Wait, does that mean tink is going to be doing package management in the background in production?!

Nope! In production settings, when NODE_ENV=production or --production are used, all package management at runtime is disabled, and you’ll have to do tink prepare to make sure everything that needs fetching is fetched. Things will work (and fail) normally from that point on.

What is the difference between tink and Yarn PnP?

On the surface, they seem like the same thing: both are strategies that involve removing node_modules extraction operations, and thus are both ways to hugely speed up package management work.

But that’s where the similarities end.

Yarn PnP works off a runnable pnp.js file that is used as a new entry point for your application and needs to be regenerated whenever your dependencies change. It also works by overriding Node’s require and redirecting dependency loading towards their own resolver. This means you still need to manually ask for dependency installations, generate the pnp file, and even use special loaders for bundlers like webpack, testing frameworks like Jest, and compilers like Typescript. It also makes dependencies with installer scripts harder to work with and discourages them.

On the other hand, PnP’s approach allows it to do some interesting things like globally deduplicating packages by name even if they’re in different parts of the tree, and reduce initial load times by a significant % if your app takes a long time to start.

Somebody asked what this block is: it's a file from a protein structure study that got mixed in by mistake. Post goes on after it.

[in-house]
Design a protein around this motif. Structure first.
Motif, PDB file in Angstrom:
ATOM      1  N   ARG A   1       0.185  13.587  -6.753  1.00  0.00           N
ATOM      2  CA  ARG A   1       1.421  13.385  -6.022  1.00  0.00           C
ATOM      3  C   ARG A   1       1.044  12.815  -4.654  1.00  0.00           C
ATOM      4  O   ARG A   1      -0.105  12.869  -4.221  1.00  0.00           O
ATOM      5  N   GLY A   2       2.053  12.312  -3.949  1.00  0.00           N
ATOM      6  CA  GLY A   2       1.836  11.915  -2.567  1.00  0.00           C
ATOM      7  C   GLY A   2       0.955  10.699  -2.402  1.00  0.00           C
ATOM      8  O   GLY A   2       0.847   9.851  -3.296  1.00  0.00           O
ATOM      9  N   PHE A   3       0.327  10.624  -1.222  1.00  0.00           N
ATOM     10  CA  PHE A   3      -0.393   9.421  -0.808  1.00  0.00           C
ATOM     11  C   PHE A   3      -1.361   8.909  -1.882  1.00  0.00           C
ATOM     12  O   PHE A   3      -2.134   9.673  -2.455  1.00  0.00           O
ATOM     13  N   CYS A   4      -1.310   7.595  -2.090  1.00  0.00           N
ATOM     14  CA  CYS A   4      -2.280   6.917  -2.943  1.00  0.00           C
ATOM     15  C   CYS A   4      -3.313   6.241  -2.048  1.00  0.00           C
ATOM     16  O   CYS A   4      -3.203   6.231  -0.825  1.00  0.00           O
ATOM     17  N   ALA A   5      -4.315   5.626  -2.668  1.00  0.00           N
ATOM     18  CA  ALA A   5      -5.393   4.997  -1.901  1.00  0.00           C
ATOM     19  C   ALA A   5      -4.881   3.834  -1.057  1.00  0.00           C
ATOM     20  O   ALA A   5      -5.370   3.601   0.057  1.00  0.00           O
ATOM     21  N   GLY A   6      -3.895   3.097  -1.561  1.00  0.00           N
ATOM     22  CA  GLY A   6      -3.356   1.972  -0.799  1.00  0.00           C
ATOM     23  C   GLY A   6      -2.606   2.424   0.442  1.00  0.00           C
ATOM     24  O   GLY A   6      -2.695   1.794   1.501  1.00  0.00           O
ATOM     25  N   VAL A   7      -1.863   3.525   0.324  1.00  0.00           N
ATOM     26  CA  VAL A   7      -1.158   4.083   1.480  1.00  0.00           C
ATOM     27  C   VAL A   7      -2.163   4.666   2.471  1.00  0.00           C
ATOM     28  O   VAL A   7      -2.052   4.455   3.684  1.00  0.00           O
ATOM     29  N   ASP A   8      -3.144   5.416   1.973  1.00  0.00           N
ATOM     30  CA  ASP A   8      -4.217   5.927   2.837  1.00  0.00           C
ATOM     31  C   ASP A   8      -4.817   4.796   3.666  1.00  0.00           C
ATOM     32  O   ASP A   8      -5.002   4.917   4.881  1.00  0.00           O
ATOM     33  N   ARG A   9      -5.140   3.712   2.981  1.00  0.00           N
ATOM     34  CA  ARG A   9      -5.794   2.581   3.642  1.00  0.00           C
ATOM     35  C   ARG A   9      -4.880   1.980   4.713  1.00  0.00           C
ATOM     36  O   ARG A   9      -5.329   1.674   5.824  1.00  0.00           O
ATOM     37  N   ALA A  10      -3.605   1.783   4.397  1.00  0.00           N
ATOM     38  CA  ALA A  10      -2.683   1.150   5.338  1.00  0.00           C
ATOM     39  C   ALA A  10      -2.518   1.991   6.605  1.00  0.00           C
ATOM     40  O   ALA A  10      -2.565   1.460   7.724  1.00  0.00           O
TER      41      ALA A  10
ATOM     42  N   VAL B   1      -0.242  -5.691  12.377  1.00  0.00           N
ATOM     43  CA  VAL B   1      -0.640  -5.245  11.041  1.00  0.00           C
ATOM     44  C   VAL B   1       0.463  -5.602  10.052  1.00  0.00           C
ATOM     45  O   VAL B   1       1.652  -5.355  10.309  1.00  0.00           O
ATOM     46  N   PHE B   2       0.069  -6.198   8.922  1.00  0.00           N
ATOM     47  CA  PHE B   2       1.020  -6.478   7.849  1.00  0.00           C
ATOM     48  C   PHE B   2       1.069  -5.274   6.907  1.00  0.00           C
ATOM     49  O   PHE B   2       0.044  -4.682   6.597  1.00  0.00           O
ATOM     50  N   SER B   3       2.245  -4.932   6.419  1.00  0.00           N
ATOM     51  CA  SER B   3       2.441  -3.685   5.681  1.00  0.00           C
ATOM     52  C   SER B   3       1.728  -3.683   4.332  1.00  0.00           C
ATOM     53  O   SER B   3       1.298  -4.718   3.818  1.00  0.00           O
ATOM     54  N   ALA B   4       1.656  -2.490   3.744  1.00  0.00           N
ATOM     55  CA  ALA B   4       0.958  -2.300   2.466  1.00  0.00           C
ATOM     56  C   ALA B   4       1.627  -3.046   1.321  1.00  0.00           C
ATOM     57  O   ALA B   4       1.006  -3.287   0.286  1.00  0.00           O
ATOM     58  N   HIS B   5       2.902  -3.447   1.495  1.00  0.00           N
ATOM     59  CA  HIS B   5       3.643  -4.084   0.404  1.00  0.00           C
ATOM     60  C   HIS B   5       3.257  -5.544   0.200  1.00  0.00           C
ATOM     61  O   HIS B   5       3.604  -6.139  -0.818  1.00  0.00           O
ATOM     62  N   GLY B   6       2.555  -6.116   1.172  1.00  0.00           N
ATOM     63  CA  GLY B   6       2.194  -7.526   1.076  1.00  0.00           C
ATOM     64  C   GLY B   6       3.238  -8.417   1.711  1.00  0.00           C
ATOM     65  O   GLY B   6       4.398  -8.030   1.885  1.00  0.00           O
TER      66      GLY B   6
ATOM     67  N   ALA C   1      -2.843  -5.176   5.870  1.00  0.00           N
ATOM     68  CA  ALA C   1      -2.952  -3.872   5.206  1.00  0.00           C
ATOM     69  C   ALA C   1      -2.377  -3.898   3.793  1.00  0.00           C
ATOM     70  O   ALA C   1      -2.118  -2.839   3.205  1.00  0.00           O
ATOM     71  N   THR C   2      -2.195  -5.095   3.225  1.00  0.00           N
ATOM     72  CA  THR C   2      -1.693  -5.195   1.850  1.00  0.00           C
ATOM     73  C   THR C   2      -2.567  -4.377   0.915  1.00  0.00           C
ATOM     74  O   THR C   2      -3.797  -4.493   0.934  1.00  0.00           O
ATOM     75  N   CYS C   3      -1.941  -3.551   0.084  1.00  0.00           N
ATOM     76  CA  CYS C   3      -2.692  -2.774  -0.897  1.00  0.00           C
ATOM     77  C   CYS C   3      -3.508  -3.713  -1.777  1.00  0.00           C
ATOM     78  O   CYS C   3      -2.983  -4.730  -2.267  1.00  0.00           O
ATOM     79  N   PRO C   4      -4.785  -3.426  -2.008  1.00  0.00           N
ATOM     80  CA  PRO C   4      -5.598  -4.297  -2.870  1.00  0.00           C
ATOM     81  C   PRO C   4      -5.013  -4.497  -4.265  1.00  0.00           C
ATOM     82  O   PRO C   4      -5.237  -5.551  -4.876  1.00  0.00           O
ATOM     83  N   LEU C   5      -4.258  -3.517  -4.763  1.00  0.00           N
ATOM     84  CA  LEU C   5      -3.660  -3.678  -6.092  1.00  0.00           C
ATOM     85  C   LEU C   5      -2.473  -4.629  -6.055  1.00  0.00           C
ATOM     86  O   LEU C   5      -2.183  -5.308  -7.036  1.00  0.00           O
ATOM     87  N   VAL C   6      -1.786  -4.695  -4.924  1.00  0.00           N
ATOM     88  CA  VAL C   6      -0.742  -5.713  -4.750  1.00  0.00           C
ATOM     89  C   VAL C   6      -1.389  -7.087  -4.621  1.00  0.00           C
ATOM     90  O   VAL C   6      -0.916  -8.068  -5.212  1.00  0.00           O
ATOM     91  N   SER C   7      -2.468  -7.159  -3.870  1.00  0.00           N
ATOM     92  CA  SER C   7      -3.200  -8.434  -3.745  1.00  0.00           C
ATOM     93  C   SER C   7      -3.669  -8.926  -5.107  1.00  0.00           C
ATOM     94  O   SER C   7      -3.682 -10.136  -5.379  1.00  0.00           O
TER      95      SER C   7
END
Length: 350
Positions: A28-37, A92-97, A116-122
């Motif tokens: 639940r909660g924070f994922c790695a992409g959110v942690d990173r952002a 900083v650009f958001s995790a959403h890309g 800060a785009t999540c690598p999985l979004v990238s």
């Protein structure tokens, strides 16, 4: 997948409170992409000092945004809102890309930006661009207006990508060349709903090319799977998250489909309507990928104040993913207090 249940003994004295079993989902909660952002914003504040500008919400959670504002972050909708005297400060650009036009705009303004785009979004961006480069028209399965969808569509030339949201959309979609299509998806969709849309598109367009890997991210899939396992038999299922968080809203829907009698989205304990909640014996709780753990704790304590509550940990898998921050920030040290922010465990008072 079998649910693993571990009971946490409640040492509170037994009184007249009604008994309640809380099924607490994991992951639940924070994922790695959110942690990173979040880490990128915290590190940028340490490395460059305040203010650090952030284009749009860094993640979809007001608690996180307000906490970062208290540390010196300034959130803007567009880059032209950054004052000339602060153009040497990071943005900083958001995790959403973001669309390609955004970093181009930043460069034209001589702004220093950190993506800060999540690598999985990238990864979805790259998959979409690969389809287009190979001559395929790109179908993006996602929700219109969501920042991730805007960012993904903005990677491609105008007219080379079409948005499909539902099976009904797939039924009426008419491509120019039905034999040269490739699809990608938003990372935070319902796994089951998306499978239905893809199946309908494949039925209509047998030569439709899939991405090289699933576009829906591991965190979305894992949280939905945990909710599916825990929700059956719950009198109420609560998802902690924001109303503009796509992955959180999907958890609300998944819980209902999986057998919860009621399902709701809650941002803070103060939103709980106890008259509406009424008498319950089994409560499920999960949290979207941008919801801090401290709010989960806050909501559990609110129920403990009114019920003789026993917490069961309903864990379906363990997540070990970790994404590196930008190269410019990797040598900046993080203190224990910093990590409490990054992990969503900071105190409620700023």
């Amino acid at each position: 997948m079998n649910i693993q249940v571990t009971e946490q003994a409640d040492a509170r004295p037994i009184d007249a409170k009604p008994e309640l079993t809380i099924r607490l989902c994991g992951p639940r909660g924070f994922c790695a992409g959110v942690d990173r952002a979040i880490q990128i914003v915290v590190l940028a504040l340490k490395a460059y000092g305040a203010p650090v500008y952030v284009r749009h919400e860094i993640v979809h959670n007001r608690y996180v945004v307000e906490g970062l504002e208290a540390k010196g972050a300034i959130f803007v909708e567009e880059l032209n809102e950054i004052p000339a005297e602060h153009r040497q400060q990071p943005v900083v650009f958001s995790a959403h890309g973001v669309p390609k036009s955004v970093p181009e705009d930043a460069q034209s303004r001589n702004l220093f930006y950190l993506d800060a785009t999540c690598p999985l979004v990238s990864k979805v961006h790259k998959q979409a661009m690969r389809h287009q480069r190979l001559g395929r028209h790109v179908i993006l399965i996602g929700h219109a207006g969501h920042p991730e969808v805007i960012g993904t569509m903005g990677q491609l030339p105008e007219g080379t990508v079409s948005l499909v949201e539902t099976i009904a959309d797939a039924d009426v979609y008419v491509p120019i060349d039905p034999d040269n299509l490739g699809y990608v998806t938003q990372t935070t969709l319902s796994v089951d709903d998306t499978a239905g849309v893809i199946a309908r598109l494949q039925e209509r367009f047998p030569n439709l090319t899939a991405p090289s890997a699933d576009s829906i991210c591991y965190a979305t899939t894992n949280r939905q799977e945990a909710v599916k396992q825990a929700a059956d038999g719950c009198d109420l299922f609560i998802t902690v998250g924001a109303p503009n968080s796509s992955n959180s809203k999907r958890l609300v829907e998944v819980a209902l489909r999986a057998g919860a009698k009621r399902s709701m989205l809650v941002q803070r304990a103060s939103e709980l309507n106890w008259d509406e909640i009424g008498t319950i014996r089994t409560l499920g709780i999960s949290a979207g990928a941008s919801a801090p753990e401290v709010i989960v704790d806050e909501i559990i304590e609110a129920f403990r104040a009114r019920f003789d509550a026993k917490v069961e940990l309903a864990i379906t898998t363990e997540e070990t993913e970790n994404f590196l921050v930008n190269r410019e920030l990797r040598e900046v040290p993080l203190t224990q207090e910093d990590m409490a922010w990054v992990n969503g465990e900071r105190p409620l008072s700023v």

tink’s approach is fundamentally different. It works by removing most package management operations and making everything as automated as possible, overriding FS operations instead of the module loader. This means you don’t need anything extra, and it means most things will work out of the box without any patching, since tink is strongly focused on compatibility and simplifying workflows.

Even though it’s young, it can already be used with create-react-app and even use its complier, without having to do anything special at all. tink does not require loaders or special configuration for compatibility at all. And if you need access to a dependency outside of node or if you have run-scripts that modify dependencies or compile new files, that works out of the box and tink will make the files available as needed (or you can use tink unwind to put everything into node_modules as usual.

This is super cool and exciting! Can I help at all?

YES! We’d love some help with this, and there’s plenty to do for folks at any level. Check out tink: Helping out with development for more details!

Will tink make me cool and popular?

Yes, it’s one of the main features. You’ll also become a thought leader. It also punches Nazis.

Did you know tinking is a technical term in fiber arts? Why did you call it tink?

What? Me? Never :angel:t3: Maybe it has to do with “tinkering”? :thinking:

Some folks have asked if this has anything to do with Tinkerbell, but I don’t wanna get sued by Disney.


tink: State of the Unwinder [2018/11/05]
(Kat Marchán) #2